Persians Diary end of week 5 August 23, 2014 from ellen

Aug 25, 2014

It is the last day of the fifth week for rehearsals of Persians. Its now that we start to recognize that we could be the fifth Month, and only have just begun to plumb the depths of this magnificent text.

 I’m writing this on Sunday. It’s the luxury that leading on Saturday gives you.  A day to marinate in what happened.

 As I write, the palms are shimmering in the breeze, the thonk of a tennis game sounds lazily from the courts outside my window. Though not a tennis player, I’ve come to be taken with the game, mesmerized by the auto serve machine playing  a single, early morning devotee. When they hire the coach with the non-stop loud instructions, I feel I’m getting a free lesson…where the feet should be, or eye focus, the angle of the racket and torque of torso. This morning I watched a young woman return ball after ball, and admired her effortlessness and grace.  The ball seemed to drop just where she wanted with strength. That’s what I want to be able to figure out how to do this week in the show.

 So Saturday we gave birth. Unplanned, we decided to finally have our first run-thru. It clocked in at a time we were all taken by surprise with-and Leon won the ‘running time pool’-a SITI tradition for years upon the birth of a new piece. ($5 ante) I won’t spoil the mystery.  Your question is ‘Was it long? Was it short?’ It was surprising, is what it was.

 Here we wake on Saturday, no question exhausted, and line up energy to make this one last day of the week productive. But yesterday I rose earlier than I expected, even with the tight turnaround from working late the previous night in tech. I felt that ancient thrill in my bones that most every actor gets when you are about to see what you have wrought together and how all the hours and weeks fit together. And with this piece in particular, the question was also, Do they fit together?*

 I stayed excited as hell, as we gathered and trained, working on both the opening and late text-endlessly mining the sentences for cohesion and differentiation. It will take time.  As a chorus we make up nine points of view, there are nine literal and figurative voices in each stanza. It will take time to ripen and bear the fruit of actual communication that engages the ear and imagination of the audience. So we work in earnest and have, I think, long since abandoned the expectation of ‘fixing’. What we are learning to do is carve, step back, carve again… attempting to get at the sculpture inside the stone, in a sense. The stone being the raw material of these words in this order and our bodies. But the sculptured sound will come with time.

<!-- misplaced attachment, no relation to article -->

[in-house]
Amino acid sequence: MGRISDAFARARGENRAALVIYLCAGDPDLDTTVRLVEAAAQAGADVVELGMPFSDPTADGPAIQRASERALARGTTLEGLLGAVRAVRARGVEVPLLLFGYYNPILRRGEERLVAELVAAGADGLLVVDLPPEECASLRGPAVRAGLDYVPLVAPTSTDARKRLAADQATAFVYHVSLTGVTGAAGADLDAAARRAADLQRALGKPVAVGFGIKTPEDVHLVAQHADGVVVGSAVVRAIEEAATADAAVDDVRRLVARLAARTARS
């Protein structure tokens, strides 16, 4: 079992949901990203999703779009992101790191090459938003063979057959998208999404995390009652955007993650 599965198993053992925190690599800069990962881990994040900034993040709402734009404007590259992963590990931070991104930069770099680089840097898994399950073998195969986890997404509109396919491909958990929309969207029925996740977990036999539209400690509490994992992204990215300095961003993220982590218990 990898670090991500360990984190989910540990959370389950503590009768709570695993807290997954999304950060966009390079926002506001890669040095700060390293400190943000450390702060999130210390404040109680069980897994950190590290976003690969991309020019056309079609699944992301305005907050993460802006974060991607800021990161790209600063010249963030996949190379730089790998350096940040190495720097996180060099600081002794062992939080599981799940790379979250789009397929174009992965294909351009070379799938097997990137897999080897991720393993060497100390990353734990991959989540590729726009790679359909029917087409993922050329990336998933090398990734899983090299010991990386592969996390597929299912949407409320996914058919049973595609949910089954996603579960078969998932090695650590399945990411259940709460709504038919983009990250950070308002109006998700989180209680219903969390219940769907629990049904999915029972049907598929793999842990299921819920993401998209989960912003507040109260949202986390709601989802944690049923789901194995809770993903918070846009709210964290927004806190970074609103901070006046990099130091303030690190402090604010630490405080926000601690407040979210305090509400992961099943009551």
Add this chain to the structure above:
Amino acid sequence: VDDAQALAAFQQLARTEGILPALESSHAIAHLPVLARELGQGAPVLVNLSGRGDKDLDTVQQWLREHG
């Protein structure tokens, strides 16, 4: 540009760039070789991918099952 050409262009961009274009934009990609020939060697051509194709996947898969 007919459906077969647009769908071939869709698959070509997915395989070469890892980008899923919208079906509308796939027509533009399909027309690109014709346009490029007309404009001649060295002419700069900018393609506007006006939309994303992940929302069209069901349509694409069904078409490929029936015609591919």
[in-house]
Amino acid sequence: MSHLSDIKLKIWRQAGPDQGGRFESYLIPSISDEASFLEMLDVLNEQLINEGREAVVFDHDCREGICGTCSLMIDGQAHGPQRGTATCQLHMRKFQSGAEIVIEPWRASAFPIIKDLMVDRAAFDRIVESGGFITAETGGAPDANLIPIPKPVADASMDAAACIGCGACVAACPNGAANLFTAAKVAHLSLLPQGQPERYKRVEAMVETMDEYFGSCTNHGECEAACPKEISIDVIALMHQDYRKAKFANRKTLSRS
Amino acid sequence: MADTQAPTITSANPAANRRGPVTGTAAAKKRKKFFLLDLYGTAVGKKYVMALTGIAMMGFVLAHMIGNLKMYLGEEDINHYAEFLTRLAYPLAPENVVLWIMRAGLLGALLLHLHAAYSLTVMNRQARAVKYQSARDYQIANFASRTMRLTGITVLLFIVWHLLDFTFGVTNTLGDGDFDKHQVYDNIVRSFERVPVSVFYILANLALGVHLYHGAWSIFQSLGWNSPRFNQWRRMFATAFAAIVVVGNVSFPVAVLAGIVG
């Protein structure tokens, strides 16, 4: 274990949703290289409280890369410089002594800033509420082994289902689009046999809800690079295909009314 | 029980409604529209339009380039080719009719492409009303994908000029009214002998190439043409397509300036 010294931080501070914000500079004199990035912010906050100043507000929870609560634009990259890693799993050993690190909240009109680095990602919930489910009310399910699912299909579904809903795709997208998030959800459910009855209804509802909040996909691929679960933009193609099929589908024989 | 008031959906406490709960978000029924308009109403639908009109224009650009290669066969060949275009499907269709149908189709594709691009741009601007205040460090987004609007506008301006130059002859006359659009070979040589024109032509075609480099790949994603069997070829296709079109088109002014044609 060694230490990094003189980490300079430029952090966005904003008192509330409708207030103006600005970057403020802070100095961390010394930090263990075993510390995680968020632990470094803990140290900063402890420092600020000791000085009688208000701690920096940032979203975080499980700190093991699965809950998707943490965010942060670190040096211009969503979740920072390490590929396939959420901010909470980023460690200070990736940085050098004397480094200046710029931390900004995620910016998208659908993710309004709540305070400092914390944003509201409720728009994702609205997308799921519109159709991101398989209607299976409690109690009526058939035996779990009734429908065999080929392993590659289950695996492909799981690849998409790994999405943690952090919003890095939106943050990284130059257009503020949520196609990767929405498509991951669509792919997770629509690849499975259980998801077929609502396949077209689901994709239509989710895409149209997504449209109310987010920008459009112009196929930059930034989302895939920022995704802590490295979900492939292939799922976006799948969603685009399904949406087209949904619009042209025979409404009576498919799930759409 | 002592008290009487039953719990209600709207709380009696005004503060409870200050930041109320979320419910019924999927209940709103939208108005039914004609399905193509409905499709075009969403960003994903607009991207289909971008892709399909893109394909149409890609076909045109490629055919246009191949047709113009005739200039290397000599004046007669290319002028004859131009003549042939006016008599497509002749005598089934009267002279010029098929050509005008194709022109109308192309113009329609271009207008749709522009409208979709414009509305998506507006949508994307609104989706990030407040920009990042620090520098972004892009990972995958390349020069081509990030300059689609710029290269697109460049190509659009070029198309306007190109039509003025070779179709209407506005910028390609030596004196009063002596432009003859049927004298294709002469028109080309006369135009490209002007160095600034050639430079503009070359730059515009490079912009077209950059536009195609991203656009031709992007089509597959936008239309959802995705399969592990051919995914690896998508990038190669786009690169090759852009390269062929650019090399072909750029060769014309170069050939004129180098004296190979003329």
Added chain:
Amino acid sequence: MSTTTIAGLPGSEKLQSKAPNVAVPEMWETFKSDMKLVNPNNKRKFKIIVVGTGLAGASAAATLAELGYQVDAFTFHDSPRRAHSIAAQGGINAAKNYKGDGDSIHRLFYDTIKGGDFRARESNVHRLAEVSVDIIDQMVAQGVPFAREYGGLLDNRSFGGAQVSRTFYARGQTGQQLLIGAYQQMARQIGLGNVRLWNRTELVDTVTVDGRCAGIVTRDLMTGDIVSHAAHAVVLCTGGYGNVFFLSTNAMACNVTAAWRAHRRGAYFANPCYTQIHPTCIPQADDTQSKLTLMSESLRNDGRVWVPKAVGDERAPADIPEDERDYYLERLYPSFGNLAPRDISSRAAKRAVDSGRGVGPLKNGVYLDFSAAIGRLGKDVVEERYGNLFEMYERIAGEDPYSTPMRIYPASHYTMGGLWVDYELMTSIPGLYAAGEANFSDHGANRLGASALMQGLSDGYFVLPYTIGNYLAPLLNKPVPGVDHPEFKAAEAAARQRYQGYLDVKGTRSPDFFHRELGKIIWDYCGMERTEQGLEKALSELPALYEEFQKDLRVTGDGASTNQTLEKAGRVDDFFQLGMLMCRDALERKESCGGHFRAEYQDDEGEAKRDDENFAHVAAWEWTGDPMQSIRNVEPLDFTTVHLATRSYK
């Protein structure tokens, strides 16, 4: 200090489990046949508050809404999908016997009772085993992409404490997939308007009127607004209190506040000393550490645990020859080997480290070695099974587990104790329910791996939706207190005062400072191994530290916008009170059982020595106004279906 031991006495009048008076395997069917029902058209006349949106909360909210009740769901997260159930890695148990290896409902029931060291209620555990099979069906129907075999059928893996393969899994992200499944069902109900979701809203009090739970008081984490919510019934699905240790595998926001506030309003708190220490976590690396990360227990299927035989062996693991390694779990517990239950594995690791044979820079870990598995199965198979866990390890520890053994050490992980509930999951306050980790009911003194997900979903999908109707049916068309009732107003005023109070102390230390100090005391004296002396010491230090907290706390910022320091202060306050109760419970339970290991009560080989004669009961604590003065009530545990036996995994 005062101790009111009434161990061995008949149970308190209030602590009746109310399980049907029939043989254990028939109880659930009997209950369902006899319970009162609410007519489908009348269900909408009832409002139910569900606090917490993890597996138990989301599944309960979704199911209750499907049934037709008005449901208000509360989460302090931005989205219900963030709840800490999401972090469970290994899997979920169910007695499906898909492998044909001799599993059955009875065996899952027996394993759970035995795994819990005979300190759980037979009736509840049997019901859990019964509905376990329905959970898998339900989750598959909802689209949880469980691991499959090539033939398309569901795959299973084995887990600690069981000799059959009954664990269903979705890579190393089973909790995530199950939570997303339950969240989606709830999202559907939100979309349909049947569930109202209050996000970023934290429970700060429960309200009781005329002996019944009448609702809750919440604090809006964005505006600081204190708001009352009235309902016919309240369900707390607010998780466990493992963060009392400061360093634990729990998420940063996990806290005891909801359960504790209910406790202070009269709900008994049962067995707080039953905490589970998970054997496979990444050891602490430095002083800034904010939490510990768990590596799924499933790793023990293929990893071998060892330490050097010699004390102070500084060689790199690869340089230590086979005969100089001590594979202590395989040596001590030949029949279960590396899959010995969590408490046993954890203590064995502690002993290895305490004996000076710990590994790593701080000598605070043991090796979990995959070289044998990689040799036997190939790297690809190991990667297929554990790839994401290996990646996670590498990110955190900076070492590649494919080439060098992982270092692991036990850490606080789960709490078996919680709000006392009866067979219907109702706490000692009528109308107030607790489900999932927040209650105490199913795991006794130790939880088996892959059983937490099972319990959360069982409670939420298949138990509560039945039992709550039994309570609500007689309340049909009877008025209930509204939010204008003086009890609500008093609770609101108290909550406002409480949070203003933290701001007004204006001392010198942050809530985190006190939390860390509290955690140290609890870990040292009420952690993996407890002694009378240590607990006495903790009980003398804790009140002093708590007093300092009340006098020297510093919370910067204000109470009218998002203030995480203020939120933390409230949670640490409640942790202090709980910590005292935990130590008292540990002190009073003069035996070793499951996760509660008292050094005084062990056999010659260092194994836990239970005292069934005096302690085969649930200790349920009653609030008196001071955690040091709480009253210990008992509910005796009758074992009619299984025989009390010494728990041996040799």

Its easy here at the Getty to wonder how the first chorus who spoke this text worked on it-did the meter of the Ancient Greek point their way just so clearly that they didn’t bicker over where to breathe or the tempo or attack? And it all wants to land on the ear and eye like those well thwacked tennis balls, with ease and strength and nuance.

 After Viewpoints, that concentrated simply on movement and stillness, we worked specials.  SOMEONE mistook the call time and thought 2pm instead of 12pm. The someone arrived breathless and embarrassed well past training and we laughed. It could have been anyone of us, I suspect. It was nice though, how the group gathered around someone and was warm and welcoming  –we were all excited and I felt a sense of holding on together. No, you aren’t going to learn who someone was. Because we are a Chorus! So let’s say, it was All of us!

 Then with a few adjustments and some last minute checking on how to cram our Getty Villa Open Air Greek Theatre production, into the small lovely indoor theater, we began.

 So to answer the question above, yes they do fit together*. There is much to refine, clarify, re-think and sharpen, of course. But after the _______ had past (running time) there in the room was a play.  It lurched around between us, newly animated, a little monstrous in places, but a sentient being. We knew over a year ago we were taking on a risky choice in selecting Persians.  God it’s still risky. We knew that no other organization would have the courage, kindness and mutual appetite for risk like the Getty (Ralph, Anna, Laurel, Shelby, Ken, Mary-) when they allowed us the choice. It still might swallow us whole.  But there are fresh, raw qualities coming out of everyone in different moments. There was a level of freak while doing it that gave it an innocence, I felt. And it moved me.

 So there’s much to do yet, of course. We are back outside tomorrow at night, and can finally approach this with a sense that we at least know the shape of the animal we are trying to harness out there. And Victor comes back to us so we can ask the authority things we’ve been tustling with over the weeks. No one is fooled either at how difficult it is to translate the solutions found inside to the marble stage, exposed to sky, plane, wind, infinite space. Anne, Darron and Brian are handing out life jackets as fast as they can. Ah, and that ending we still need to unravel.

 But we have a play and as Bondo said upon entering the apartment for a drink last night –“I like our play!” We toasted the week, relieved and exhausted our blind date turned out to be someone we want to see again.

 After dinner, there was a Fosters Freeze across the street, so we squealed with glee and hooked a u-turn and had cones and a root beer float. Shhhhh.